Thursday, November 11, 2010

From "The Song of the Soul," or Atma Shatakam:

Neither knowable, knowledge, nor knower am I, formless is my form,
I dwell within the senses but they are not my home:
Ever serenely balanced, I am neither free nor bound -
Consciousness and joy am I, and Bliss is where I'm found.

This sixth and final stanza of the Atma Shatakam has significant meaning for me. I have meditated on it as a chosen "intention" through many, many asana practices, and have always felt its profound resonance with the same intensity each time. I first read it in Yoga Journal's black-and-white pictorial Yoga, which is a lovely book of master yogis photographed in the fullness of asana (some four hundred or more photos, I believe). For many years as my home practice, I would simply open this book and practice whatever variation I could attempt of whichever pose the book fell open to. (I highly recommend this practice if you ever find yourself in a rut...)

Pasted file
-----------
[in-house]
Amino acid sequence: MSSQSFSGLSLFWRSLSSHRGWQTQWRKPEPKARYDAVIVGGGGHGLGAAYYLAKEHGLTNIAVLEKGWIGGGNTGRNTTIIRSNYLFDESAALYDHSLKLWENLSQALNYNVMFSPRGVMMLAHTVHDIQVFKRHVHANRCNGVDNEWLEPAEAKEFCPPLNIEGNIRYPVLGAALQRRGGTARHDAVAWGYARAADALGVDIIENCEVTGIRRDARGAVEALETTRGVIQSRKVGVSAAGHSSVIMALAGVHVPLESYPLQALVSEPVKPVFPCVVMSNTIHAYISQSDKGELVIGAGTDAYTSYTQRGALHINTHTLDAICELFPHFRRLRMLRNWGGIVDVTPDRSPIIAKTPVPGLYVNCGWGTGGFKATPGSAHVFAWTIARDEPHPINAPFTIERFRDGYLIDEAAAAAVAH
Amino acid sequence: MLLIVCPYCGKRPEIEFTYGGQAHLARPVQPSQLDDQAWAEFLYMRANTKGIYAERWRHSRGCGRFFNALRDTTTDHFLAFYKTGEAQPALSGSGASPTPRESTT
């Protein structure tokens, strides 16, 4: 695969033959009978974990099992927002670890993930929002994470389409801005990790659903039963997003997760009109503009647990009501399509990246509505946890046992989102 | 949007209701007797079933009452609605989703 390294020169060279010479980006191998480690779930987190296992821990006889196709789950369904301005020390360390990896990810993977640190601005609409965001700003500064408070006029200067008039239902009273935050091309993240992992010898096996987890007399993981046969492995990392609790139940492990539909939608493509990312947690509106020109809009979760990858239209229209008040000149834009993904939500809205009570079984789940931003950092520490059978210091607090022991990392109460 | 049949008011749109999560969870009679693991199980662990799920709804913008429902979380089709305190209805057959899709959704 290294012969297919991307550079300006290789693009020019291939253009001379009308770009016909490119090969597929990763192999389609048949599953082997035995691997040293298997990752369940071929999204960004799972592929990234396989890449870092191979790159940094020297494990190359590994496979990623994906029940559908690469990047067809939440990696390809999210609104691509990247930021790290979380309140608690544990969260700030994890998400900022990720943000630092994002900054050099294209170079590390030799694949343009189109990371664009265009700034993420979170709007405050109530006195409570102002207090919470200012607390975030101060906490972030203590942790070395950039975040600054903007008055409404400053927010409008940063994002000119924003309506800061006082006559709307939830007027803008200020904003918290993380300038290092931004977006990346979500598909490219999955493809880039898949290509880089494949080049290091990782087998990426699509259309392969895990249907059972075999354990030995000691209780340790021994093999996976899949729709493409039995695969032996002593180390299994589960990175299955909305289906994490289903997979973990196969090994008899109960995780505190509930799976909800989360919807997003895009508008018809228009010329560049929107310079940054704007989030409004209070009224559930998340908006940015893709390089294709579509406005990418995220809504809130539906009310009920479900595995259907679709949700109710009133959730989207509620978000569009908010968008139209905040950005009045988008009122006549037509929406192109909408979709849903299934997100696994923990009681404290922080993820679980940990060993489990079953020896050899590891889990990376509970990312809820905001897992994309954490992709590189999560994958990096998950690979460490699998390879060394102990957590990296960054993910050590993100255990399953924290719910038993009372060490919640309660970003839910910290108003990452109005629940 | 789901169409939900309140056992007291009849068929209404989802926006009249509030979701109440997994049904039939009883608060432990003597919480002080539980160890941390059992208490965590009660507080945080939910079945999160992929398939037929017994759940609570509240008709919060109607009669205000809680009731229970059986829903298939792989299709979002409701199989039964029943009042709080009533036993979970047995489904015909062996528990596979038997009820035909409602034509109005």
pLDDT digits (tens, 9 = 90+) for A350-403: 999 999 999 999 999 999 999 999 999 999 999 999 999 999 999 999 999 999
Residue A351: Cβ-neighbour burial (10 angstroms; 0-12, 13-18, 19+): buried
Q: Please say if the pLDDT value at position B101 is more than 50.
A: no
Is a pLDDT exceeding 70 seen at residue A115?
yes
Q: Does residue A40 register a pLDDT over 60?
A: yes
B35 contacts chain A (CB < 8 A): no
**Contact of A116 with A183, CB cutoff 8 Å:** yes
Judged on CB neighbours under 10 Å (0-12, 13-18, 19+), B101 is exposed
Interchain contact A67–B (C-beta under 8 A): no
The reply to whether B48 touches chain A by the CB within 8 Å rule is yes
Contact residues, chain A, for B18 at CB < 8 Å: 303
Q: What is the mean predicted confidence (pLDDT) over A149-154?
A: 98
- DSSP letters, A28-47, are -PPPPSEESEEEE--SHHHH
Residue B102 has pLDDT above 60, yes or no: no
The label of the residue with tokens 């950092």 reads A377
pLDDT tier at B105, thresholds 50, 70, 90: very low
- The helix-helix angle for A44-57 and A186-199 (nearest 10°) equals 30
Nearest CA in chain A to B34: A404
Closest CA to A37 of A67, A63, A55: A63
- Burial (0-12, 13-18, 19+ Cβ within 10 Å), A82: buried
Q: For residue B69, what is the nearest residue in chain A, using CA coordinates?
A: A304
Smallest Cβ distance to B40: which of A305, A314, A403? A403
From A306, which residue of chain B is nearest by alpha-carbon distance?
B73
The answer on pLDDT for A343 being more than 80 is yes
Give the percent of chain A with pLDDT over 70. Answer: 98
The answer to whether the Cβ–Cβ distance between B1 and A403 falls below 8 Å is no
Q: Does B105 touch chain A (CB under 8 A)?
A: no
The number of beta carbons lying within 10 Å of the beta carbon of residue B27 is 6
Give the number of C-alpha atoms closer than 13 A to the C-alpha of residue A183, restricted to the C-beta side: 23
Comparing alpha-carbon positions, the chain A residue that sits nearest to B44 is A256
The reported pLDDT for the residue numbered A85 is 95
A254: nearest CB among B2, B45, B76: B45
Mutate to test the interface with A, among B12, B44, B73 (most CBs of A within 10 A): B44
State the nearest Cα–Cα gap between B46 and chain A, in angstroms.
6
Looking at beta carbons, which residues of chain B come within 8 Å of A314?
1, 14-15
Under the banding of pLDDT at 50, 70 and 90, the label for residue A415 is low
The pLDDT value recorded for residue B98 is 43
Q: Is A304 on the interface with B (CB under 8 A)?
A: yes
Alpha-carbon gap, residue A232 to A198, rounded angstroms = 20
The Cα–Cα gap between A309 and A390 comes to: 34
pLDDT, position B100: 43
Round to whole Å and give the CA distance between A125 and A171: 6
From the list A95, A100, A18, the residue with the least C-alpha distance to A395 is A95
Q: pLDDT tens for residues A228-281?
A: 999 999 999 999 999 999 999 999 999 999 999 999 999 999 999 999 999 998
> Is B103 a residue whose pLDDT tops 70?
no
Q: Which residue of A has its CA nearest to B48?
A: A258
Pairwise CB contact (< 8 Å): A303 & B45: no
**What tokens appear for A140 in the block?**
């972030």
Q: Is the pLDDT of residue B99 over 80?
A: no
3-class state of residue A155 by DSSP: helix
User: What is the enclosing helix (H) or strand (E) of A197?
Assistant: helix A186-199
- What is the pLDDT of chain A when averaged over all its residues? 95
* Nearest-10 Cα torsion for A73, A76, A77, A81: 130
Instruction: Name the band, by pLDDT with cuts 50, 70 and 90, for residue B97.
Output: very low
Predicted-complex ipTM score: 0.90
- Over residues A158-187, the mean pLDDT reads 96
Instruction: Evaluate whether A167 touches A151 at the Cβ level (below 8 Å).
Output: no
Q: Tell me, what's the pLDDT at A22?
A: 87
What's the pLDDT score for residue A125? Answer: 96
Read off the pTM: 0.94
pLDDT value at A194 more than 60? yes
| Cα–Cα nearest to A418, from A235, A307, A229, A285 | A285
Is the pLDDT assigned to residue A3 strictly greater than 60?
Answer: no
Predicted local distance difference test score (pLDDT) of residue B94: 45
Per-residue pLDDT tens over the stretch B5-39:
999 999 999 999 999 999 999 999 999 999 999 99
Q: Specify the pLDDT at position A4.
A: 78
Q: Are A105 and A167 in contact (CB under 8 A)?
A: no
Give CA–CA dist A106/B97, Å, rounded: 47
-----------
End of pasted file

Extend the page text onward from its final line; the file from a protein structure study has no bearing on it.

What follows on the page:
The passage above is a very artistic and poetic translation (from BKS Iyengar) of the original passage, which reads a bit differently when translated literally:

I am all pervasive.
I am without any attributes,
and without any form.
I have neither attachment to the world,
nor to liberation.
I have no wishes for anything
because I am everything,
every time,
always in equilibrium.
I am indeed, that eternal knowing and bliss,
Shiva, love and pure consciousness.

Meditating on this passage has done more to free me in my personal yoga practice than any other tool, because of its affirmation of the potential of the malleable or "formless" body, its relinquishment of attachment or aversion to any (even the best) outcome, and its reminder (reminiscent of The Gaia Theory) of our inextricable connection to the greater world.

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